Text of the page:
An elderly patient frantically called into one of the nation’s largest diagnostic imaging organizations. The receptionist answered the phone as they always did, while the patient repeatedly explained in an accelerated, pronounced tone, “I just know something is wrong. I just know something is wrong.” The receptionist attempted to calm and reassure the patient, and asked them to explain the situation. The patient continued:
“I just know they found something this time. I have been getting my images taken here for years, and it’s always days and days before I hear my results. I was scanned just yesterday, and there was already a message on my machine that my results were ready. I need to speak to the doctor right away, because there must be something wrong. There just has to be, there’s no other explanation.”
Wow. That’s a drop the phone moment, as we all know the anxiety of being a patient and the nervous anticipation that accompanies the wait for results. Luckily for the patient nothing was wrong as their results were normal. But what had changed? The patient had usually waited days to hear back, as that was the expectation that had been set and they were ok with that. It was expected. The imaging organization had seemingly done the right thing. The patient was scheduled and scanned, the radiologist read the images and reported the results, and the patient was contacted to alert them that their results were available. All of this was the same as it always had been except for the seemingly improved service. The problem was the patient didn’t immediately perceive the improved service. The imaging organization had provided the results quickly to the patient (e.g., fast service) but this was inconsistent with their prior experiences (e.g., delayed service) and thus caused a conflict between the patient’s expectations and the end result. Hence, the frantic phone call.
One of the reasons why this organization historically was delayed in reporting their cases was because their legacy PACS couldn’t keep up with their large study volume across their distributed healthcare enterprise. It took an extended period of time to process the incoming imaging studies, get the new studies (and related prior studies) to the appropriate reading radiologist(s) and for the radiologist(s) to interpret the studies, such that they operated with a daily backlog of 2,500 studies. That means every day this organization had 2,500 imaging studies, from the prior day, that needed to be read by their radiologists before they could tackle the current day’s (new) studies. How were they able to get this elderly patient their results so quickly? Earlier this year, the organization transitioned from their legacy PACS to Visage Imaging’s Visage 7 Enterprise Imaging Platform via a Deconstructed PACS strategy. Within weeks of being live on Visage 7, their backlog steadily reduced until it outright disappeared. No more backlog. Today, their radiologists are reading in ‘real time’, referring physicians and patients are receiving fast results, and fundamentally, new patient expectations are being created everyday. The imaging organization was able to “flip the script” through the use of state-of-the-art technology and refreshed workflow, to break from the past and now provide the best possible service to their customers.
As consumers, we constantly are interacting with retailers and restaurants that ‘attempt’ to cater to customer needs. Case in point, I recently went to Staples to purchase school supplies for my children the weekend before school started. One would think that Staples would have been prepared for this annual event clearly on the calendar, and in some ways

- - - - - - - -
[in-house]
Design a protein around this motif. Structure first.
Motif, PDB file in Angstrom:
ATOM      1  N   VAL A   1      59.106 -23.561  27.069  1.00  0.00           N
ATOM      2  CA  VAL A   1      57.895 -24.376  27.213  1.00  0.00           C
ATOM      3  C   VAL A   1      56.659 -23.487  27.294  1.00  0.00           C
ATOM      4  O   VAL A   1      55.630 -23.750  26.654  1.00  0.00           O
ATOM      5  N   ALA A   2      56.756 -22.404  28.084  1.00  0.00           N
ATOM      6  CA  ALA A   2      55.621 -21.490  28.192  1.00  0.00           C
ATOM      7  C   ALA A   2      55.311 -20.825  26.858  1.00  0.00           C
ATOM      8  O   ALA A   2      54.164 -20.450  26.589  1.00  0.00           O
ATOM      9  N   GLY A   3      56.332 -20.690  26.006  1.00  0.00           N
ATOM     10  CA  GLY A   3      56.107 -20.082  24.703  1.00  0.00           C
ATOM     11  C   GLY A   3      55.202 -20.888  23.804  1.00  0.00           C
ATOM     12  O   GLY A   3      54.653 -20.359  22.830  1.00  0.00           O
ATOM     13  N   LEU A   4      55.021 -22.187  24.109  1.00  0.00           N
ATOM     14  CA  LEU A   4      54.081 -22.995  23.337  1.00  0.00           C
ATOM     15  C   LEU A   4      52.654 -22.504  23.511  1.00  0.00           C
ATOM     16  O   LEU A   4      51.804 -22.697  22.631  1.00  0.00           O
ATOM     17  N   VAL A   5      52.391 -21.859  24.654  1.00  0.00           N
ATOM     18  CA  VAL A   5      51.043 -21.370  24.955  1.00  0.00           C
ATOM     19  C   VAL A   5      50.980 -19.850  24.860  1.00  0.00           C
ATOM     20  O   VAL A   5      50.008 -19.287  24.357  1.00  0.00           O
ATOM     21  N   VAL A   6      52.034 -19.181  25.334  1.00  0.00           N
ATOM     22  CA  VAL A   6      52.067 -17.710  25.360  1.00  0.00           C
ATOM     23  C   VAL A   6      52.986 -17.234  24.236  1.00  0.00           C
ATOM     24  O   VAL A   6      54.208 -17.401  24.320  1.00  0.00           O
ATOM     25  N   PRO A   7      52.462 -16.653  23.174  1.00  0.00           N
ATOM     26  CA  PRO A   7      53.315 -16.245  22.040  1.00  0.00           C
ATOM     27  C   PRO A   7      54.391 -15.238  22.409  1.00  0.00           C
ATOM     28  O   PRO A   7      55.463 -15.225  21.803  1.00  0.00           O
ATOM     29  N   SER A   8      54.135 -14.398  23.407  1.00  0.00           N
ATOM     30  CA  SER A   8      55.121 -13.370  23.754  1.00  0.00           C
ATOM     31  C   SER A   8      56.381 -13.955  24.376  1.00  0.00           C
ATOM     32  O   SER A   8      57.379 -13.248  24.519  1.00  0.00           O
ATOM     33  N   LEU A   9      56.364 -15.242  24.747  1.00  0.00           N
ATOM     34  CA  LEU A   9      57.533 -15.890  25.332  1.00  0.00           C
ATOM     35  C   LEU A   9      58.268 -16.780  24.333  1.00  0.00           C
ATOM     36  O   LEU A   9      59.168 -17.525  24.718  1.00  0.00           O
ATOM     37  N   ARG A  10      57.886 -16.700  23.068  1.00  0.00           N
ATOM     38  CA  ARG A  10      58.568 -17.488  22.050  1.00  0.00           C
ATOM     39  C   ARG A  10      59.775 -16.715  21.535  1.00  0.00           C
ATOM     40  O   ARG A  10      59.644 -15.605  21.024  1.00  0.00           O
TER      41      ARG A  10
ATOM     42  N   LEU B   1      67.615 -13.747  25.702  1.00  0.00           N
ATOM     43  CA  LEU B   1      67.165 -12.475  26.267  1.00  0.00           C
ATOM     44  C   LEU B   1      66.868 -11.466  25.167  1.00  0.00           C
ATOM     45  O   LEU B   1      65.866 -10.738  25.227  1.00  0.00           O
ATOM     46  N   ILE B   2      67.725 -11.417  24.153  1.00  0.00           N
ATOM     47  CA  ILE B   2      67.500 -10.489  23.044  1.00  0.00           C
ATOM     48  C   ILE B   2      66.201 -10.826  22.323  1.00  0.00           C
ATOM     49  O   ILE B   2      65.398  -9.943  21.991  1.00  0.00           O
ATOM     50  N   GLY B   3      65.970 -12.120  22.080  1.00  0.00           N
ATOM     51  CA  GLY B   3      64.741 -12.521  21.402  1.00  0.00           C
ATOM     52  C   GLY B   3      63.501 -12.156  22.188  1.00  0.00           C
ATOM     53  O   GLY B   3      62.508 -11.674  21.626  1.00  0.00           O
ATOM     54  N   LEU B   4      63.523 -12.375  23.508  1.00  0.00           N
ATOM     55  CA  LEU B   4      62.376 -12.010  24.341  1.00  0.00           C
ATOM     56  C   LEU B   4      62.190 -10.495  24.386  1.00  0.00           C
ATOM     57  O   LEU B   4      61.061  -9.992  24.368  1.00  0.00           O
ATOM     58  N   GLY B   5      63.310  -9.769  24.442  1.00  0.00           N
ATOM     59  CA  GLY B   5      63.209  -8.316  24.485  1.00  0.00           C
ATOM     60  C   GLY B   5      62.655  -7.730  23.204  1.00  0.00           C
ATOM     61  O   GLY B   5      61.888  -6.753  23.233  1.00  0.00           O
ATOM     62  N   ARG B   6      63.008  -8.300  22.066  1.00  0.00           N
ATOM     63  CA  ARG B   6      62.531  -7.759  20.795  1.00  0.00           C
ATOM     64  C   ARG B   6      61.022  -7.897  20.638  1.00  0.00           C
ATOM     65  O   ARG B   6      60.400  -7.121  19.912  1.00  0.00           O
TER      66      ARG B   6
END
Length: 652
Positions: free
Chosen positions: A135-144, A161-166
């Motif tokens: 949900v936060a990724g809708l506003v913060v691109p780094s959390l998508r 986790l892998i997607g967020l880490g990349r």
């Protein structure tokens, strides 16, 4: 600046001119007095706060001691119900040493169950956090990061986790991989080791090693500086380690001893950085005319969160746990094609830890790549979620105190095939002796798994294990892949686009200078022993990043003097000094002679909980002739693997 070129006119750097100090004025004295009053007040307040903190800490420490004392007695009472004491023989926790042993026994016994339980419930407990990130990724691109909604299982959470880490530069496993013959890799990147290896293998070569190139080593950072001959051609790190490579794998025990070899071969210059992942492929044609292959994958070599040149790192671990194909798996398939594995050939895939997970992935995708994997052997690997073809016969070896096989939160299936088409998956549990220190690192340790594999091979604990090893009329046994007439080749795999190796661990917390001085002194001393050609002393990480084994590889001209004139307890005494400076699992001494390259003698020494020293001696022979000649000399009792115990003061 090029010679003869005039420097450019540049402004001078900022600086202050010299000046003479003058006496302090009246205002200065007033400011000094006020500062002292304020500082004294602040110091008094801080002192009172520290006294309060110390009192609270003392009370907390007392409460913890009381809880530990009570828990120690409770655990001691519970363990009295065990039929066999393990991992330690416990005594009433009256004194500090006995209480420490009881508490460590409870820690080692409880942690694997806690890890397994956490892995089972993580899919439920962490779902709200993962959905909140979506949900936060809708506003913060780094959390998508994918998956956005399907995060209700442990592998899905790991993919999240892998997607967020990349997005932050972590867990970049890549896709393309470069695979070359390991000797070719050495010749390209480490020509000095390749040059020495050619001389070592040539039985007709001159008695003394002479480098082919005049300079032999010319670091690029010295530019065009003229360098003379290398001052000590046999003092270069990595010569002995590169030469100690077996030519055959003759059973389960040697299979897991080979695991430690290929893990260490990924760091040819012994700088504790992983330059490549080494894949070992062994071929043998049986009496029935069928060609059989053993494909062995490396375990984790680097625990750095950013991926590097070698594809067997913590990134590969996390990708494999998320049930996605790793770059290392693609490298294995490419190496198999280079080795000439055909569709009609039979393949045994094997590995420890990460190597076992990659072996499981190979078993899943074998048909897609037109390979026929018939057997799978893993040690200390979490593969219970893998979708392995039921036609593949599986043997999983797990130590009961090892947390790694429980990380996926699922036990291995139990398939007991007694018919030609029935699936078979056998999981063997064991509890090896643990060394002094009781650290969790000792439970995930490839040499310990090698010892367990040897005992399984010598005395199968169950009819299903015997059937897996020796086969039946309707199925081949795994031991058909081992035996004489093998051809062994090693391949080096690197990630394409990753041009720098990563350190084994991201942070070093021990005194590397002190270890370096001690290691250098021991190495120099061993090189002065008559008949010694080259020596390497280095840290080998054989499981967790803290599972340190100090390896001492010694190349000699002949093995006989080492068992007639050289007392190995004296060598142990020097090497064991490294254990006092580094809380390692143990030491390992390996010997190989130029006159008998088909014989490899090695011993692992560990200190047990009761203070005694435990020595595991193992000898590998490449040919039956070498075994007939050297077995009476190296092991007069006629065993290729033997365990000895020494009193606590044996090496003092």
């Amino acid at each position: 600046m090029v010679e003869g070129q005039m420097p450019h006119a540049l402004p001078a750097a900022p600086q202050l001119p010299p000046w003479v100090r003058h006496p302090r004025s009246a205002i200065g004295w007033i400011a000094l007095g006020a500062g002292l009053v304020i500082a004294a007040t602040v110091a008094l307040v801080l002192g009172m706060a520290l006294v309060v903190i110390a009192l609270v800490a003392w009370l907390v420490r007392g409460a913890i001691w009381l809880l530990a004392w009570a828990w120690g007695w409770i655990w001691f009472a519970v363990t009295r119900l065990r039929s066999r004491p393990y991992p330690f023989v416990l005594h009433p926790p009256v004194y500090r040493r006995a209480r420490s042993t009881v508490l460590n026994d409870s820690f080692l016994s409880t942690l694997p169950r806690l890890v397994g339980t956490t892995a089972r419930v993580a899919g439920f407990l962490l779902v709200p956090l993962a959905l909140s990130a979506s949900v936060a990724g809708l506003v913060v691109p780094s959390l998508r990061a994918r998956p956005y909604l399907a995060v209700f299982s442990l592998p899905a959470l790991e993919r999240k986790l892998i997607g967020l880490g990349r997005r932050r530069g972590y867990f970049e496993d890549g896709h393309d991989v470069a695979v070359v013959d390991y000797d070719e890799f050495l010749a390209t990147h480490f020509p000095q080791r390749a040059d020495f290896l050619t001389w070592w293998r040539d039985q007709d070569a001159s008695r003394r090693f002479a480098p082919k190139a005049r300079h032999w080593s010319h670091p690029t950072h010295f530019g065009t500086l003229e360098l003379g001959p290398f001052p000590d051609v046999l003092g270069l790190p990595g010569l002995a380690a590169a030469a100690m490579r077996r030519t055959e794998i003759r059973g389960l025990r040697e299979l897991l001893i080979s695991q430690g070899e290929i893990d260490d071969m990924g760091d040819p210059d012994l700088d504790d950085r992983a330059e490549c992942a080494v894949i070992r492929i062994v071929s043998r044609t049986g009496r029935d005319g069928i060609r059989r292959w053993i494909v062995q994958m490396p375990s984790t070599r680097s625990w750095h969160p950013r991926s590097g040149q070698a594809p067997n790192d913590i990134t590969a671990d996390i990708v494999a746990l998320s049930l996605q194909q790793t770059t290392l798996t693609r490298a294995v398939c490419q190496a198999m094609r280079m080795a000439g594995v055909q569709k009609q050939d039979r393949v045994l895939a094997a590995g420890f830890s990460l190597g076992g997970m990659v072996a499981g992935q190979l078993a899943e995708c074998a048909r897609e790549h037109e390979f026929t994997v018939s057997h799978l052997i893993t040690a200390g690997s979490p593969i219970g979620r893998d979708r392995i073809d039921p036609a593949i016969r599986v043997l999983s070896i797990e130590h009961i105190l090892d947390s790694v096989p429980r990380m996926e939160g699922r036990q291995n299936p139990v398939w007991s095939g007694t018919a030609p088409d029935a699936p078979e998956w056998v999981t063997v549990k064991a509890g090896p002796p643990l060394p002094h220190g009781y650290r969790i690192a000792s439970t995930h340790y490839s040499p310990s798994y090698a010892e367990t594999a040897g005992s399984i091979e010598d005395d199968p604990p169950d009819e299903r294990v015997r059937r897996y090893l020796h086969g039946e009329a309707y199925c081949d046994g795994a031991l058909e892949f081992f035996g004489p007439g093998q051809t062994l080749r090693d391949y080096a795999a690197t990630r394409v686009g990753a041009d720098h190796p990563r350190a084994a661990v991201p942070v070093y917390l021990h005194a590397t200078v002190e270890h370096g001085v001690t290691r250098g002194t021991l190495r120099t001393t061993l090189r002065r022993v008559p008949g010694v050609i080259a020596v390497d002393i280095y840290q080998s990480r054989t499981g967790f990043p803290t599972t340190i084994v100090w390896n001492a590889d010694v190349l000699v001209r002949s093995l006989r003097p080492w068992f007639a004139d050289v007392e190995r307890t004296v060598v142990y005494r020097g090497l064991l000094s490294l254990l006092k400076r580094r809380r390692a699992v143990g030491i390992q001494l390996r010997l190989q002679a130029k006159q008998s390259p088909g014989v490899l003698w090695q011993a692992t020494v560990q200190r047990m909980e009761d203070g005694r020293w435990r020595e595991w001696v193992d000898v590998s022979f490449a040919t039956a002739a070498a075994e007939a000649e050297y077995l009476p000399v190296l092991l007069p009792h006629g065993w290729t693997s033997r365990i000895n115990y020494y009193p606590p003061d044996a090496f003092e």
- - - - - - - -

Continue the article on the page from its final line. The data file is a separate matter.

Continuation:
they were. The store had numerous dedicated product areas set up and promoted just for “Back to School”, but the end caps and shelves were hit or miss with available inventory and there were no customer service representatives to be found to help find the obscure items on the Back to School list. Then, when I had filled my cart and finally went to checkout, the line was as far as you could see, cutting clear across the store. Contrary to the signs, this was neither good ‘Customer Service’, nor was it ‘easy’. I expected Staples to be ready for the Back to School onslaught, but instead they were largely going through the motions, and didn’t attempt to delight their customers with a positive experience.
Contrast that experience to Chipotle, where throngs of burrito lovers wait in long lines that snake around and around and around, and sometimes out the door. And yet, their customers wait because they enjoy the value they receive – high quality food at a reasonable cost. This is the brand expectation Chipotle has set and customers have gladly returned for the same experience over and over. But what’s interesting and perhaps not widely known is that they also offer online ordering to dramatically improve the order and checkout experience. If you have the foresight to plan in advance, you can easily go to their website, place your order, and when you arrive at your local Chipotle for pickup, you can bypass the line. Yes, you can head straight to the register and pay for (or simply pickup) your order. No line, no wait. The only downside is the stares from the other patrons snaked in line, who didn’t order online. Chipotle has been able to successfully ‘flip the script’ leveraging technology and workflow changes to change the expectations of their customers.
Sustaining positive customer expectations, and sometimes changing expectations even when your customers don’t realize things need changing is a healthy practice for all businesses whether you sell binders or burritos, or provide diagnostic imaging services. Flip the script, and your customers will have the premier service experience they expect to receive.
General Manager, North America and Vice President, Global Marketing